Infectious Disease Online
Pathology of Campylobacter Infection
With reliable isolation and routine screening, Campylobacter species have emerged as the leading cause of acute bacterial enteritis.
These are flagellated, comma-shaped, gram-negative bacteria.
Campylobacter enteritis is acquired by eating improperly cleaned and cooked food, usually poultry, contaminated by Campylobacter jejuni, an organism that colonizes poultry.
In one study, Campylobacter jejuni was cultured from the body cavities of more than half of fresh and frozen chickens and turkeys in 10 major cities around the world.
Campylobacter jejuni, like Salmonella, are enteroinvasive and produce a spectrum of disease ranging from subclinical infection to severe dysentery.
Illness appears 2 to 5 days after ingestion of contaminated food and lasts about 5 days.
Symptoms include abdominal pain, diarrhea, nausea, vomiting, fever, and myalgia.
Stools are malodorous and frequently bloody.
Inflammation involves the gastrointestinal tract from jejunum to anus.
Most patients have colonic crypt abscesses and ulcers resembling those in ulcerative colitis.
Microscopically, the small bowel is edematous and hyperemic and is infiltrated with neutrophils, lymphocytes, and plasma cells.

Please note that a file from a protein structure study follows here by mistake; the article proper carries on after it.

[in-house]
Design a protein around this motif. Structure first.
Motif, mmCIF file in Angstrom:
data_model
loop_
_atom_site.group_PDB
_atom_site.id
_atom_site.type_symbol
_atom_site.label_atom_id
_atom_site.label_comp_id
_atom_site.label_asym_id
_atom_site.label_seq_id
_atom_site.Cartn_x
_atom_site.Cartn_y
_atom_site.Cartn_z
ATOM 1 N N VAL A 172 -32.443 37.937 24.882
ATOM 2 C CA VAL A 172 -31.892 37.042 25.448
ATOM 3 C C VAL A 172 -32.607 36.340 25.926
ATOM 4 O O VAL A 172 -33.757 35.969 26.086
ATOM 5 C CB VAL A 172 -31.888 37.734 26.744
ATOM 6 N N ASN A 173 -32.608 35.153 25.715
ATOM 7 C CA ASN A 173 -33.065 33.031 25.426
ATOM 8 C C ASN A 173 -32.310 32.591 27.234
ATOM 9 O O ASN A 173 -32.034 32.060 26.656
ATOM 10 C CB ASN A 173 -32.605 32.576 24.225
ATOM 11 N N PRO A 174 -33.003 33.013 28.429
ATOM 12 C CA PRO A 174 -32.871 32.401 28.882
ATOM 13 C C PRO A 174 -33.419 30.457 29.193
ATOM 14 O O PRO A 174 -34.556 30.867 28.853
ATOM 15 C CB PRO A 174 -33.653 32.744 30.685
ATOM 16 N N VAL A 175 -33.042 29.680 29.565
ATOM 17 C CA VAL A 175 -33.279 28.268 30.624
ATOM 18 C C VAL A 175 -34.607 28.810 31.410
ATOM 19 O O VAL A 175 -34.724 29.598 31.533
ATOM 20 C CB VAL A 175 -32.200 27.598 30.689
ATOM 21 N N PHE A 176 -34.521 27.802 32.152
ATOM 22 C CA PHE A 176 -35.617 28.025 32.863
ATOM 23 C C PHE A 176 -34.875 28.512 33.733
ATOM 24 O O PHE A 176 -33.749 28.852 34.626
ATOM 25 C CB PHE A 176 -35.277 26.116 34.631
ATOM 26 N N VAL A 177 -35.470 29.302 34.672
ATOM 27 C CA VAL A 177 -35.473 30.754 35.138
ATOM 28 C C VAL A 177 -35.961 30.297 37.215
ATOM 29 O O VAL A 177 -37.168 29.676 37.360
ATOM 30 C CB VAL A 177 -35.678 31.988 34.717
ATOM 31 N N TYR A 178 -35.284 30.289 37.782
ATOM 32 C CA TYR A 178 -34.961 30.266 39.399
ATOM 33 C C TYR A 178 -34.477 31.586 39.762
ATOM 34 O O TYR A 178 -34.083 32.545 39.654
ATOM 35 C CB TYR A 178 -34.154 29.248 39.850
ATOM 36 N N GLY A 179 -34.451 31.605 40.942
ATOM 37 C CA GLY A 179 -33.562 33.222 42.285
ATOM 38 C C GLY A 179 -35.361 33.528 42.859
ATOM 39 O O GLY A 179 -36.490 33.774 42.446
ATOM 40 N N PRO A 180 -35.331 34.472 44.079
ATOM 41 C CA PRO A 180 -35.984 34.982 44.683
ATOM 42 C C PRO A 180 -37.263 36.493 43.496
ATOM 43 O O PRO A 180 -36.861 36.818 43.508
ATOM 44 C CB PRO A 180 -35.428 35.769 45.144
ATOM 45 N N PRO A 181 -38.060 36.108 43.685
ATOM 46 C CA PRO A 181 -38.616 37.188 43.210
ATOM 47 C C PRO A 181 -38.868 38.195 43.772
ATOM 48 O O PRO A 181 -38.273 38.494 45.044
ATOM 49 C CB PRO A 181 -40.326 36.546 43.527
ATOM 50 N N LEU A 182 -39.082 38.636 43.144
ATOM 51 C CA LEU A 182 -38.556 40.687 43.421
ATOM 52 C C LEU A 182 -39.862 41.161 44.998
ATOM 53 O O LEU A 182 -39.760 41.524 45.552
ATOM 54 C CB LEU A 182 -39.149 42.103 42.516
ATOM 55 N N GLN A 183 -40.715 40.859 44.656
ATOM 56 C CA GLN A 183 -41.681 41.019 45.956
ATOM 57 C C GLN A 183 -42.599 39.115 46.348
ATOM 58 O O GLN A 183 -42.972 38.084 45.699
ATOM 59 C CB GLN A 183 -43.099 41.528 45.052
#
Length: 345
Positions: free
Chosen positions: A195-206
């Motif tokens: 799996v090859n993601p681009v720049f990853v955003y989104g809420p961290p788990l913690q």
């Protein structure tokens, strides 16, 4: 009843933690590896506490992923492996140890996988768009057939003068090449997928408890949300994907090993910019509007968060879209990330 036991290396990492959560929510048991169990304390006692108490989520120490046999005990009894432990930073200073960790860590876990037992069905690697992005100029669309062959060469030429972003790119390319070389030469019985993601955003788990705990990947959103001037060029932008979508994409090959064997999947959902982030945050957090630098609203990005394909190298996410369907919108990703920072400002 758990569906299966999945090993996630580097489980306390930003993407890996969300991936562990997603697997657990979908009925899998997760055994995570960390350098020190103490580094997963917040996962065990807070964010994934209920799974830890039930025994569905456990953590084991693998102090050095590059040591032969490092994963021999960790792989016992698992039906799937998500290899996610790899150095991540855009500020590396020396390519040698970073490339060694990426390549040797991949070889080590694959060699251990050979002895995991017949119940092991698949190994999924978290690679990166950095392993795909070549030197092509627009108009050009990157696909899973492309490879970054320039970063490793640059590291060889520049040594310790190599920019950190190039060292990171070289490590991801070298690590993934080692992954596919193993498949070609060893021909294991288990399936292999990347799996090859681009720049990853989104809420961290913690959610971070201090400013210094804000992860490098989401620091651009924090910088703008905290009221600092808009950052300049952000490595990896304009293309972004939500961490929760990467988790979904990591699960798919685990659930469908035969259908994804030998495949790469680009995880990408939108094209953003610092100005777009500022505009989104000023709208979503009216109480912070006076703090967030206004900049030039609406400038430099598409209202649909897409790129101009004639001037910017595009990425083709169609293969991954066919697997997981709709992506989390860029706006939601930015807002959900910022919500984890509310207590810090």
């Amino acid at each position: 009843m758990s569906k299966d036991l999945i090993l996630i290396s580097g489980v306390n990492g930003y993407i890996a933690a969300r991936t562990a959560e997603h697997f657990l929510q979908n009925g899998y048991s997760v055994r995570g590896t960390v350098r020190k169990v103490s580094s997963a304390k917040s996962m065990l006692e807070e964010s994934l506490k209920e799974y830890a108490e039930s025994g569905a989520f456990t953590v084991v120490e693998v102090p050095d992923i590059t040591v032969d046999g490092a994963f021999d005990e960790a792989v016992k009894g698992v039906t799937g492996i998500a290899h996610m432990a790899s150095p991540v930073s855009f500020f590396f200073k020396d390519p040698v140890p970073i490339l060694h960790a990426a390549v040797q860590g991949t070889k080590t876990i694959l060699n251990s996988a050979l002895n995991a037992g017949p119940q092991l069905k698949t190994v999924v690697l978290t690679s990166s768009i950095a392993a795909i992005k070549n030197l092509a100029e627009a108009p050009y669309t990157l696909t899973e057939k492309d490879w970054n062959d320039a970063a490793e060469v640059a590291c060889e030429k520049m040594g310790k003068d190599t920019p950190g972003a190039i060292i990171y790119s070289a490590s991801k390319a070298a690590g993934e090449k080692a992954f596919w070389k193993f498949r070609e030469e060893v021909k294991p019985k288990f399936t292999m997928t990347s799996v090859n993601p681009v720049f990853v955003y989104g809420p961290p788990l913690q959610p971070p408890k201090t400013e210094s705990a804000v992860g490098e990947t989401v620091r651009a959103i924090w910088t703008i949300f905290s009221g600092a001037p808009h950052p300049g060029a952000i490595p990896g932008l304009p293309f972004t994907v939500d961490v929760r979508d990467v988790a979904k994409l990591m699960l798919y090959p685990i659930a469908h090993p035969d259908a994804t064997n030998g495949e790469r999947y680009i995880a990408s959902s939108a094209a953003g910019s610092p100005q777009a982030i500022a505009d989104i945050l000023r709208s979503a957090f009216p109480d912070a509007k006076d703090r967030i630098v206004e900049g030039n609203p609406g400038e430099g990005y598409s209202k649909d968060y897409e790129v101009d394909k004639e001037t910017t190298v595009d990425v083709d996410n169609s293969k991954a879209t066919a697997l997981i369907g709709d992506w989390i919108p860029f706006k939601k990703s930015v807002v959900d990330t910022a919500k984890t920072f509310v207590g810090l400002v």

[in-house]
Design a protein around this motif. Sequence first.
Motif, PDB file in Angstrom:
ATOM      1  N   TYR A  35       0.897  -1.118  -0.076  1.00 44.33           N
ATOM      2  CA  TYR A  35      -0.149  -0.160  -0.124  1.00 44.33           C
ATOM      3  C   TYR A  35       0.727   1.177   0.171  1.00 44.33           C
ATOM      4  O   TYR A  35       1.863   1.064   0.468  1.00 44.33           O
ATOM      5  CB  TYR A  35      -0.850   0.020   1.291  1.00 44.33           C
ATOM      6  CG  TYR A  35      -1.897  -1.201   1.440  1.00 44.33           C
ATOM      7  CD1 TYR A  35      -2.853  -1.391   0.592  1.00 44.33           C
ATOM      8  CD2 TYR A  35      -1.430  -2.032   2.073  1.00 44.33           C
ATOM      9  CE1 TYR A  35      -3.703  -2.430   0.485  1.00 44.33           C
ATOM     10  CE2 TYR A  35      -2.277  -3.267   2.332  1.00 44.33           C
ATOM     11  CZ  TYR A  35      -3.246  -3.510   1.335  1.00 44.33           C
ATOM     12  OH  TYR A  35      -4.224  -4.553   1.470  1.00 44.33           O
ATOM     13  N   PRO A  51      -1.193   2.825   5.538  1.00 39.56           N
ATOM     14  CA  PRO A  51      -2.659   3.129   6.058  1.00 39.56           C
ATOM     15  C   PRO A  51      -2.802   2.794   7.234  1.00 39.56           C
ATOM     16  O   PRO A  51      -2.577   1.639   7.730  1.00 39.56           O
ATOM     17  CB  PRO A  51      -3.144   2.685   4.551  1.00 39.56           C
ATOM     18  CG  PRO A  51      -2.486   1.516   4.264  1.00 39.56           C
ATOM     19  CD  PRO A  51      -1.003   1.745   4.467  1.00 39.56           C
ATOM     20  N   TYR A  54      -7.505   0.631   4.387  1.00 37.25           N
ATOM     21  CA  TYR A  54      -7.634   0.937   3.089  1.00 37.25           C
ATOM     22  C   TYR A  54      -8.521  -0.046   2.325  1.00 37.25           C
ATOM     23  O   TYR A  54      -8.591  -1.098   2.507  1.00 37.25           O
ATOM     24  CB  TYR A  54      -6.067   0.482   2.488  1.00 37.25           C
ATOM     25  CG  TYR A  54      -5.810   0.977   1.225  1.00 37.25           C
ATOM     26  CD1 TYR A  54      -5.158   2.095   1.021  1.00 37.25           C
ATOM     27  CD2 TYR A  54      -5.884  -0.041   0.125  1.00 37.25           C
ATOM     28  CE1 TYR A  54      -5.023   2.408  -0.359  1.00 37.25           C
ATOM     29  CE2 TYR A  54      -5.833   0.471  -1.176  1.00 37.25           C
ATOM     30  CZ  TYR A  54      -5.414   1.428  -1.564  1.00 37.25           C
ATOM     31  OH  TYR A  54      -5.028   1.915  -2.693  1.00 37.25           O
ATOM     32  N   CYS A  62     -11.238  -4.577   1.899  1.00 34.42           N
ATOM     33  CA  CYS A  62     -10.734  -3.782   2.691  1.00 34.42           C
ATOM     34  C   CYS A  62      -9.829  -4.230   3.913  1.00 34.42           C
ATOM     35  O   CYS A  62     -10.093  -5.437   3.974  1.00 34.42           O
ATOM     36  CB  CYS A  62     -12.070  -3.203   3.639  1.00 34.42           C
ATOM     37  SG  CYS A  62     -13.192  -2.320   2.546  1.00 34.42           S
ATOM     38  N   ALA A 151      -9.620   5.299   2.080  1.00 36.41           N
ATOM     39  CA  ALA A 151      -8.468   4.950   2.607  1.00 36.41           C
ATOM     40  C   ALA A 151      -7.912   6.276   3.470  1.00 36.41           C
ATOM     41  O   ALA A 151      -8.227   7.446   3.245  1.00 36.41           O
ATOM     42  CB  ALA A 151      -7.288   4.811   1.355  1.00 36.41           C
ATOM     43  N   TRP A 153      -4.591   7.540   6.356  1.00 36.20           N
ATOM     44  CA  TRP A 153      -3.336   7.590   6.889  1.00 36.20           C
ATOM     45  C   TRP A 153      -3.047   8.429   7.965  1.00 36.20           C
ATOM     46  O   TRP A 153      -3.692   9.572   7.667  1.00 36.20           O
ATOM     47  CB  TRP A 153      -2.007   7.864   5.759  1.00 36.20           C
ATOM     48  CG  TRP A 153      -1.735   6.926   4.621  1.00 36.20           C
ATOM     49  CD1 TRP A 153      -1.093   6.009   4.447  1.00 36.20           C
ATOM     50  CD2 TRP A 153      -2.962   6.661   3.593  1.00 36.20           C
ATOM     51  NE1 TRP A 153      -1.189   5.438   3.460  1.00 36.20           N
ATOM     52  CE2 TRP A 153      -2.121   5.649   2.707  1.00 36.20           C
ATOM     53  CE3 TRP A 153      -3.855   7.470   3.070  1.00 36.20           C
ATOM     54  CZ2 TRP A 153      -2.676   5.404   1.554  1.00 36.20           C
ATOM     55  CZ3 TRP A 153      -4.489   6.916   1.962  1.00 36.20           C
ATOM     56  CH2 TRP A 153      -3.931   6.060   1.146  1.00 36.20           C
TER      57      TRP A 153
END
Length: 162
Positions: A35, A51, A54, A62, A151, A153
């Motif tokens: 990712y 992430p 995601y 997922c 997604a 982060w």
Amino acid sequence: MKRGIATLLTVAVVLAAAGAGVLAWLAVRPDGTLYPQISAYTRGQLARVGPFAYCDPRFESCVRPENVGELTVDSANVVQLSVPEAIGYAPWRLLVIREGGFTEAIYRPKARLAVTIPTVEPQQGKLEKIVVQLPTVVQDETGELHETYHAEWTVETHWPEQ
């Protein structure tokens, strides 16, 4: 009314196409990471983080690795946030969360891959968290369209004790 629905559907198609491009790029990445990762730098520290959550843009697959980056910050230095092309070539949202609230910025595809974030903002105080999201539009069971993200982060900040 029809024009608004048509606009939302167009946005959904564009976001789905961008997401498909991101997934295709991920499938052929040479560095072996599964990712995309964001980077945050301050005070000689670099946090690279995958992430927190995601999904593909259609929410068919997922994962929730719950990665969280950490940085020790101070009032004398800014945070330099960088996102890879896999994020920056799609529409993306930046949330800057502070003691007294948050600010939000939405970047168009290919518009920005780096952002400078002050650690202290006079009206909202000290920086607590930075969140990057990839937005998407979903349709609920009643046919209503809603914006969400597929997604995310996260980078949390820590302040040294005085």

Comma-shaped organisms are seen in the intestinal mucosa and lamina propria.
The disease is generally benign and self-limited.
Other pathological lesions caused by Campylobacter jejuni :
Myocarditis can be a rare but severe complication of infectious disease and should be considered as a diagnosis in patients presenting with chest pain and elevated cardiac enzymes in the absence of underlying coronary disease.
There are only a few reported cases of myocarditis associated with Campylobacter infection.
Infection with Campylobacter jejuni often precedes the Guillain-Barre syndrome and is associated with axonal degeneration, slow recovery, and severe residual disability.
Campylobacter fetus infection:
Another species, Campylobacter fetus, is an infrequent but clinically important opportunistic pathogen that causes localized infection as well as sepsis.
The organism is an economically important cause of septic abortion and infertility in sheep and cattle.
It has been isolated from vaginal secretions of cows, from the prepuce and ejaculate of bulls, and from the placenta and tissues of abortuses.
Cases of spontaneous abortion and infertility in humans may thus be caused by Campylobacter fetus, especially in populations exposed to livestock.
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